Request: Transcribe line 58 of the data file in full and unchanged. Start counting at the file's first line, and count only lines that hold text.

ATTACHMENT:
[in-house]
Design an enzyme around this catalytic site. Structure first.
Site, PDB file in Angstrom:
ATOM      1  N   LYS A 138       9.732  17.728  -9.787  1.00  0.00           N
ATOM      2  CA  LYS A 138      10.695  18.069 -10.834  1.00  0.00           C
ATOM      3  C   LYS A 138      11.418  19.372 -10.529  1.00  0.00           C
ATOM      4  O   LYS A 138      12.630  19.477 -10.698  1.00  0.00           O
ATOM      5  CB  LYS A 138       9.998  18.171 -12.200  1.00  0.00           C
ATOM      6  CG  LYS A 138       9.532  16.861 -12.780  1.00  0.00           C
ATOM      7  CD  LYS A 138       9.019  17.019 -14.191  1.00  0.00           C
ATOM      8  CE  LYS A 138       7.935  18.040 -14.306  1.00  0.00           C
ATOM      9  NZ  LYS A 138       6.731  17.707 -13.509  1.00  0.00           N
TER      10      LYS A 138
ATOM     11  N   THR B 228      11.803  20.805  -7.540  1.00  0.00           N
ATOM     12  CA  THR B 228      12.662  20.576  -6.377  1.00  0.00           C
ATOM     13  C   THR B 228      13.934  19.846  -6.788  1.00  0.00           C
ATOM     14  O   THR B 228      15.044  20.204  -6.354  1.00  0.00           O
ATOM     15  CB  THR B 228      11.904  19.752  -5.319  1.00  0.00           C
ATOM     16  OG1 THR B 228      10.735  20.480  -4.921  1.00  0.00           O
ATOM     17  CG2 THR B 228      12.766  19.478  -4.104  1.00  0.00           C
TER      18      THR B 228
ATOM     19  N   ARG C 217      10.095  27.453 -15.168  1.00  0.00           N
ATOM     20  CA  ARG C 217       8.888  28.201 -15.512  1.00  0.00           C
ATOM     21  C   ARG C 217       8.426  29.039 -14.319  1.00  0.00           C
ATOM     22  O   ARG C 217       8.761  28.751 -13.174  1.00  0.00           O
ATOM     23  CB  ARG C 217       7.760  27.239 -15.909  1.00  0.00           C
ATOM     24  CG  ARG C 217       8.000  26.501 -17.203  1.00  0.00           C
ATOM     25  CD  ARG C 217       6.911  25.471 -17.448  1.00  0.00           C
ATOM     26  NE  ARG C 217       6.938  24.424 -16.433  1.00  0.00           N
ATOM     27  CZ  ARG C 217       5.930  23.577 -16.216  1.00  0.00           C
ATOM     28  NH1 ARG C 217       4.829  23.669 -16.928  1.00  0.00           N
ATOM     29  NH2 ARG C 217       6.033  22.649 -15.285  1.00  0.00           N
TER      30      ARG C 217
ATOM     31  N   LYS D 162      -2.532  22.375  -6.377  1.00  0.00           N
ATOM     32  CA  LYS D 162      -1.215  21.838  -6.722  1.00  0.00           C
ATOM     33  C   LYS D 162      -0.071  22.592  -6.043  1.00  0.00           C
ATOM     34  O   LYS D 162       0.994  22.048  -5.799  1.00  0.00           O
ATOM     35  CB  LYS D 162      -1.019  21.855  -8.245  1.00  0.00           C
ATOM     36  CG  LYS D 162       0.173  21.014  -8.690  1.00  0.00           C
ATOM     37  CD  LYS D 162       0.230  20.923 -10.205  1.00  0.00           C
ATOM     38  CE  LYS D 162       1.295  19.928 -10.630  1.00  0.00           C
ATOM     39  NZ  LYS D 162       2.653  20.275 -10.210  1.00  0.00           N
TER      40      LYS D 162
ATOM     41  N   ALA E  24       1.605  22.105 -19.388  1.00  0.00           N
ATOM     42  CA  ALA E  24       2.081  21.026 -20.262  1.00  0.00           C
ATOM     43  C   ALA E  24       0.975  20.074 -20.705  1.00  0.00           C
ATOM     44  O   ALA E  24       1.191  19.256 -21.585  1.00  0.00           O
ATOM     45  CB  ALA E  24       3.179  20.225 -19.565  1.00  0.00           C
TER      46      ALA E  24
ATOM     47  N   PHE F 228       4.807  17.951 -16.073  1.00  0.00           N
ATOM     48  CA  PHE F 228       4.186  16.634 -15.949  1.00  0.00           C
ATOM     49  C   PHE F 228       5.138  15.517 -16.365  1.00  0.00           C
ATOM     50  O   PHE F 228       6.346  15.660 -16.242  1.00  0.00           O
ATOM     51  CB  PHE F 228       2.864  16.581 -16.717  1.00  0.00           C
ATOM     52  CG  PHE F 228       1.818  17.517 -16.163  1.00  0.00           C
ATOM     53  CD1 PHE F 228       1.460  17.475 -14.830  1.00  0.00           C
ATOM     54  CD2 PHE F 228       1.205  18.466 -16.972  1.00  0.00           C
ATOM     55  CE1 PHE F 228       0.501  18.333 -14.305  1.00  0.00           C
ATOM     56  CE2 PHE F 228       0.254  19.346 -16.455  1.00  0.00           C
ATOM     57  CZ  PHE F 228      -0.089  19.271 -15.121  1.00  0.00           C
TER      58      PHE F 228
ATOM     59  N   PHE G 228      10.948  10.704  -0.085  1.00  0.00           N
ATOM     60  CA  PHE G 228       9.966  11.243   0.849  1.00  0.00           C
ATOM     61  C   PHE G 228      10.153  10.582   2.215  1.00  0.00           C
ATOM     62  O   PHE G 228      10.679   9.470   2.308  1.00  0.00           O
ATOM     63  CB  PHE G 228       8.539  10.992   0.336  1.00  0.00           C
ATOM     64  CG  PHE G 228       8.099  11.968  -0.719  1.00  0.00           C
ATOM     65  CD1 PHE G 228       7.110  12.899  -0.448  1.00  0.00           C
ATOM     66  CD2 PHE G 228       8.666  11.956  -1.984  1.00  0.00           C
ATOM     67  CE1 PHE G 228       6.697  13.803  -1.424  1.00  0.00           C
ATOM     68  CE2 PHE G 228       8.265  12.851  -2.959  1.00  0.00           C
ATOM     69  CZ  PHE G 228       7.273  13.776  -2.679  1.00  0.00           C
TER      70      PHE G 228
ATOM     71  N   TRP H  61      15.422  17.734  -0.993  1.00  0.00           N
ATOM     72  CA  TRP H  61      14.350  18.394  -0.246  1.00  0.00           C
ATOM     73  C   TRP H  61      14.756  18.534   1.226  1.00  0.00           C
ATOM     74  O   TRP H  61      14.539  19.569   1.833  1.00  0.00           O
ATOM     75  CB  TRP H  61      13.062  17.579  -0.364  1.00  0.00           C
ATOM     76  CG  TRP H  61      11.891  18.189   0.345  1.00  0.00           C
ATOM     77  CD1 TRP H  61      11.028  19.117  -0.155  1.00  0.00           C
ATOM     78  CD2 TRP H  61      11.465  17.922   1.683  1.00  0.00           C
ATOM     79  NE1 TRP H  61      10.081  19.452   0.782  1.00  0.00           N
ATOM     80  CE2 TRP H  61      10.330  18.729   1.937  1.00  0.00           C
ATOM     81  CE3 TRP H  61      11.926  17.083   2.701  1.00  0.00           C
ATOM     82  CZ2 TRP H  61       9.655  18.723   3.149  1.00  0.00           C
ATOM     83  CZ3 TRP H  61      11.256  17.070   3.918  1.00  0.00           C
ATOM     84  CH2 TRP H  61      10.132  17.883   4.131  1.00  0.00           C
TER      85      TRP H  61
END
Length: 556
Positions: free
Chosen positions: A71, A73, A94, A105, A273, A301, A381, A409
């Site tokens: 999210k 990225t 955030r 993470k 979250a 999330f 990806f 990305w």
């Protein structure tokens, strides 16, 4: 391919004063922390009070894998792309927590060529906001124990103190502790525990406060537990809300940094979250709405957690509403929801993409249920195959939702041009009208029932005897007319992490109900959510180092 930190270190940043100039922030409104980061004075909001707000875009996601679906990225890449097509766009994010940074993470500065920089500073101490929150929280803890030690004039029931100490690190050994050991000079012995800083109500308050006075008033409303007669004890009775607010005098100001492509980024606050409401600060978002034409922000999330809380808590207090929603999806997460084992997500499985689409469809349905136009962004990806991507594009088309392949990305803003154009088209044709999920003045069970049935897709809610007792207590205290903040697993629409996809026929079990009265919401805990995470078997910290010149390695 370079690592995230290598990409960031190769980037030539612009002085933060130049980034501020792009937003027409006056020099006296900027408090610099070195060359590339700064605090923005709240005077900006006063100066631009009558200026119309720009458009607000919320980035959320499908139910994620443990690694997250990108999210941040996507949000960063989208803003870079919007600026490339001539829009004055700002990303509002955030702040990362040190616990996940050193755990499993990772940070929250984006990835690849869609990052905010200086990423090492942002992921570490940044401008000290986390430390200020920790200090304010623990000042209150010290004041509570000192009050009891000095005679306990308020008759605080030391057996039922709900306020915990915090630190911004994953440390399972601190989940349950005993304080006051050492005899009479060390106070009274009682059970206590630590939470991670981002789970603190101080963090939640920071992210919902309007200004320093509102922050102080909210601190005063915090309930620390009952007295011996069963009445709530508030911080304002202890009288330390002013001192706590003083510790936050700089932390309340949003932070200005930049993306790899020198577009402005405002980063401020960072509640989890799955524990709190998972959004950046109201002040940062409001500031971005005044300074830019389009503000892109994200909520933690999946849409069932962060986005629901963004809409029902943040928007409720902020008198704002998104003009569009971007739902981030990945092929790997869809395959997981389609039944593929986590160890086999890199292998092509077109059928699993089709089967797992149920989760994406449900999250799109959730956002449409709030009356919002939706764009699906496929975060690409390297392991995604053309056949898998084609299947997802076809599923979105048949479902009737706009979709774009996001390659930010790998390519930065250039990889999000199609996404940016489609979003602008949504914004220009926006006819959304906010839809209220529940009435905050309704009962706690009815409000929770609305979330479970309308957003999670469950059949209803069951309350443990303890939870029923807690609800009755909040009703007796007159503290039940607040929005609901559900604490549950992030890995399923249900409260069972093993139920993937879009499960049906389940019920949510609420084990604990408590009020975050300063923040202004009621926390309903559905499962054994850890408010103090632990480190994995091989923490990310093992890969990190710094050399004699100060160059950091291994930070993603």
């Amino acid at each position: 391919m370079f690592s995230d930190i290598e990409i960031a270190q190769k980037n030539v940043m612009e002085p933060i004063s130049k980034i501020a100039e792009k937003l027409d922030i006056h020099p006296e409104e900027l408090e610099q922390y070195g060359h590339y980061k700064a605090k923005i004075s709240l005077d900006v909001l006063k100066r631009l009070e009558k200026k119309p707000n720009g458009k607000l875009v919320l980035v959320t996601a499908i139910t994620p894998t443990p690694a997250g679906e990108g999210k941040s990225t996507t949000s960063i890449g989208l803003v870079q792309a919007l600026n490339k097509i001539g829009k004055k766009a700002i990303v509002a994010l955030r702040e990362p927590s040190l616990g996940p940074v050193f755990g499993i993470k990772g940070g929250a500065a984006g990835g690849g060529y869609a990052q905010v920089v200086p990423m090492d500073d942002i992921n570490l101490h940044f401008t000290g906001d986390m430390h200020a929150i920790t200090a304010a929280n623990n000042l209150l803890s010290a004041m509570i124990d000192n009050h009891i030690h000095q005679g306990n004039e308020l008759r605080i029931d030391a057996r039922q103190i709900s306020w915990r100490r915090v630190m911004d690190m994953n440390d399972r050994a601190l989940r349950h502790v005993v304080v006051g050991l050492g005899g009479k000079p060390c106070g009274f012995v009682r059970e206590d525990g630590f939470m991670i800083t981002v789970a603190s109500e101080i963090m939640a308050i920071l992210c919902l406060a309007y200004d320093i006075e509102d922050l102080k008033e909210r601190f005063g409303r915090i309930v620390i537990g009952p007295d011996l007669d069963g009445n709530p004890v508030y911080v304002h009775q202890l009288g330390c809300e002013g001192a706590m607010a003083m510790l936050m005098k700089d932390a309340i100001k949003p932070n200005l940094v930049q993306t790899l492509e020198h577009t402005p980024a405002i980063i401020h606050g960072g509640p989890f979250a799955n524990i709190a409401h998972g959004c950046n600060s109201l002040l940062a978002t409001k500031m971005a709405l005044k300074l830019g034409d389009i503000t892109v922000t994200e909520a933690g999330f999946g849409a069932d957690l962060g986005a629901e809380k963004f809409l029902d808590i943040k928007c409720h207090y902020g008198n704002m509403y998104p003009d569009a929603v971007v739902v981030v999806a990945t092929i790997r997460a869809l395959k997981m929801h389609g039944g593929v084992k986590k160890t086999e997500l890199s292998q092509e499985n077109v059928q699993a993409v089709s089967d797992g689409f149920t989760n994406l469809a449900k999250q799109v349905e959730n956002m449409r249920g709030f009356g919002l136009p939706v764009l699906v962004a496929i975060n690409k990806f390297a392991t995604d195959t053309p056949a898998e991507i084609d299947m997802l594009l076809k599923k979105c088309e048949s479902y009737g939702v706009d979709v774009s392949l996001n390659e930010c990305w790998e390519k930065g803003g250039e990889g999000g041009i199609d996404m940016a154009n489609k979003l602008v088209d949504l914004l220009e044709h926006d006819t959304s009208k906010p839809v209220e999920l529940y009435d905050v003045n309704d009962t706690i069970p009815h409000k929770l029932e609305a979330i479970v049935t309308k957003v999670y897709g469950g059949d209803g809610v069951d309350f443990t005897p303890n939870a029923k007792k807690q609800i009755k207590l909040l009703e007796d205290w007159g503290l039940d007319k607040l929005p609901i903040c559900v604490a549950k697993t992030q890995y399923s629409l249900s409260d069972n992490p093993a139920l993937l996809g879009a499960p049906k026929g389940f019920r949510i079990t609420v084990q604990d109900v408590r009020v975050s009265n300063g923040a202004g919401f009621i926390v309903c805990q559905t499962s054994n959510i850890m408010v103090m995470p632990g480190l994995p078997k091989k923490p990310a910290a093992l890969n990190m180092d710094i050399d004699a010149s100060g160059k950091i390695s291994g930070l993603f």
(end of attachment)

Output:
ATOM     55  CE1 PHE F 228       0.501  18.333 -14.305  1.00  0.00           C